The Costume Institute’s spring 2023 exhibition will examine the work of Karl Lagerfeld (1933–2019).
Focusing on the designer’s stylistic vocabulary as expressed in aesthetic themes that appear time and again in his fashions from the 1950s to his final collection in 2019, the show will spotlight the German-born designer’s unique working methodology.
Most of the approximately 150 pieces on display will be accompanied by Lagerfeld’s sketches, which underscore his complex creative process and the collaborative relationships with his premières, or head seamstresses.
Via Vogue UK – Karl Lagerfeld was a regular attendee at The Metropolitan Museum of Art Costume Institute, from the Seventh on Sale Benefit in 1991 to Alexander McQueen: Savage Beauty in 2011 – and of course for the Chanel exhibition in 2005. And yet, says the Costume Institute’s Wendy Yu Curator in Charge, Andrew Bolton: “Karl never tired of telling me that fashion did not belong in a museum. When we worked on the Chanel show together he was incredibly generous in what he lent, but he was completely disinterested in the exhibition itself! He would say ‘fashion is not art – fashion belongs on the street, on women’s bodies, on men’s bodies’.”
From 1954 (when he shared the Woolmark Prize with another emerging designer named Yves Saint Laurent) until his death in 2019, Lagerfeld’s fluid lines united his designs for Balmain, Patou, Chloé, Fendi, Chanel, and his eponymous label, Karl Lagerfeld, creating a diverse and prolific body of work unparalleled in the history of fashion – that is unparalleled. Which is why – despite what Lagerfeld himself thought about fashion’s place in a museum – he is to be the subject of The Metropolitan Museum of Art’s Spring 2023 Costume Institute Exhibition.
And it is Bolton who has been entrusted with the task of corralling the prodigious output of one of 20th- and 21st-century fashion’s most fertile and enquiring minds into exhibition form. (Amanda Harlech, who long worked alongside Lagerfeld, is the exhibition’s creative consultant.) So how will he do it? “Well the one thing I knew for certain is that we could not do a traditional retrospective. For one thing, I think Karl would have hated that. Even though one of his facets was that he was a historicist, and he would revisit themes in his work, he was always looking to the future in his own work – he hated looking back at the past. It was something he had a very conflicted relationship with.”
Instead Bolton needed to find a unifying key that could act as a cipher to unlock our understanding of Lagerfeld’s almost outrageously enormous span and output. And he found the beginnings of it at Lagerfeld’s memorial service at the Grand Palais in 2019. “The speakers included some of the premiers he had worked with for years. He had a premier at Karl Lagerfeld who had also been with him at Chloé, and premiers at Chanel and Fendi – and these were the people he worked most closely with to translate his design into clothing. And they spoke of him with such love.”
This led Bolton to that key: Lagerfeld’s sketches. “He would sketch everything. He would always say that he could draw before he could talk or walk. In many ways it was his primary form of communication, whether he was delivering them by fax machine or iPhone. So at its heart the exhibition will look at the evolution of Karl’s two-dimensional drawings into three-dimensional garments. And what’s fascinating to have discovered: I always thought that his drawings were very spontaneous and almost impressionistic. But they were in truth extremely precise, almost mathematical. We couldn’t see it because we are not trained, but his premiers knew down to the millimetre what each line meant. It was almost a secret code, a language shared between him and those premiers, that only they could fully decipher.”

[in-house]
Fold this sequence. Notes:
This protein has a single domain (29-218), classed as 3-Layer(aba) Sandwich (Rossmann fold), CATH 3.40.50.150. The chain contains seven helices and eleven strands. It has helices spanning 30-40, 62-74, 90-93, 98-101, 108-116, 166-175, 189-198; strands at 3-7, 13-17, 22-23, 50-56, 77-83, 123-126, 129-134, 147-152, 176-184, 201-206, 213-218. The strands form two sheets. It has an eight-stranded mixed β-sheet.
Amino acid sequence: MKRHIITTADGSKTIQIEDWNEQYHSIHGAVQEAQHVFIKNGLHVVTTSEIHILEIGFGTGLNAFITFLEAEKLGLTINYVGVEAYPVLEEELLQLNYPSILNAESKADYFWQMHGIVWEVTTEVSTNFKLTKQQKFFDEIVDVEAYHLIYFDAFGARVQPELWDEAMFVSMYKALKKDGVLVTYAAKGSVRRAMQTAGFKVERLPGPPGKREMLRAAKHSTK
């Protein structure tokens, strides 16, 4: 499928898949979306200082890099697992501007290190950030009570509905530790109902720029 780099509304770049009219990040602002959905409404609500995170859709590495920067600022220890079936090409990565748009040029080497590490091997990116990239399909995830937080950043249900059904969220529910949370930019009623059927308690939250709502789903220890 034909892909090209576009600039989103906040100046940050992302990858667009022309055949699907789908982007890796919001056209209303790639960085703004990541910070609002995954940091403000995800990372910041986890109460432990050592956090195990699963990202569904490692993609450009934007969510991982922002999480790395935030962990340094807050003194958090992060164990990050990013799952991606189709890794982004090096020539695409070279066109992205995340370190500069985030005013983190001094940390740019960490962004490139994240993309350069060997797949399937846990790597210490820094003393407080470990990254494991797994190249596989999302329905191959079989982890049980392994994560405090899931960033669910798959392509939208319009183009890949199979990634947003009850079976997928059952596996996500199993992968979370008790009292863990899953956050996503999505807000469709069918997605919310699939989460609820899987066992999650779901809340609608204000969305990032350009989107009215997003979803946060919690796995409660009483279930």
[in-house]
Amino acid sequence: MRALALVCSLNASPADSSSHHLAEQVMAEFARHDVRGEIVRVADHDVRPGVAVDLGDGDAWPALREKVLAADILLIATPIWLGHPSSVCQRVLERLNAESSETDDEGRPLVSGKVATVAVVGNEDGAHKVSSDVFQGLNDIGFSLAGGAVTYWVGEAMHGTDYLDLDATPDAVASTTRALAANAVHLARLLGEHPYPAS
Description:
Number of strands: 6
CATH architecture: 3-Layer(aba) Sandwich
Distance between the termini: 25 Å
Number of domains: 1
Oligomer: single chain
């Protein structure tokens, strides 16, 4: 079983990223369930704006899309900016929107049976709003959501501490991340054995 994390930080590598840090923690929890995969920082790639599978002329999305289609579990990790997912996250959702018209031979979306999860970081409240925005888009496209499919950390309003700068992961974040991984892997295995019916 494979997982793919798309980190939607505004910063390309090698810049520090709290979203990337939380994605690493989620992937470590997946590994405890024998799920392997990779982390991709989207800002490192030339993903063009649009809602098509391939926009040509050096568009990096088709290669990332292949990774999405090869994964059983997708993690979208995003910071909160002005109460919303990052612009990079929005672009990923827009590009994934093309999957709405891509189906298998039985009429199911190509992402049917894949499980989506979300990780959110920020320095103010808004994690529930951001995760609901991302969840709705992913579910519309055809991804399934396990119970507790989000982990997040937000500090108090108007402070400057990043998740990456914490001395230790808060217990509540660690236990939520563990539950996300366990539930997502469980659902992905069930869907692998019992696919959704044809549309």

Around 150 original looks – from all the houses he served, as well as his own line – will be presented in the Met alongside their respective original sketches. Furthermore, video interviews with his respective premiers, shot by the great Loïc Prigent, will enable visitors to crack that secret Lagerfeld code. The exhibition’s interior has been designed by the architect Tadao Ando. Bolton said that Ando once designed a house for Lagerfeld, which was never realised: some of its elements will be brought to life in A Line of Beauty. The chief sponsor of the exhibition is Chanel while major support will further be provided by Fendi. Karl Lagerfeld the fashion brand and Condé Nast will add additional funding.
Max Hollein, Marina Kellen French Director of The Met, said in a release: “Karl Lagerfeld was one of the most captivating, prolific, and recognisable forces in fashion and culture, known as much for his extraordinary designs and tireless creative output as for his legendary persona. This immersive exhibition will unpack his singular artistic practice, inviting the public to experience an essential part of Lagerfeld’s boundless imagination and passion for innovation.”
Presented at The Met Fifth Avenue in the Tisch Gallery, Karl Lagerfeld: A Line of Beauty will be on view from 5 May through 16 July 2023. This will follow the Met Gala, which took place on 1st of May.
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Article edit by Fashion Magzine 24 – stay tuned on FM24 for more art news!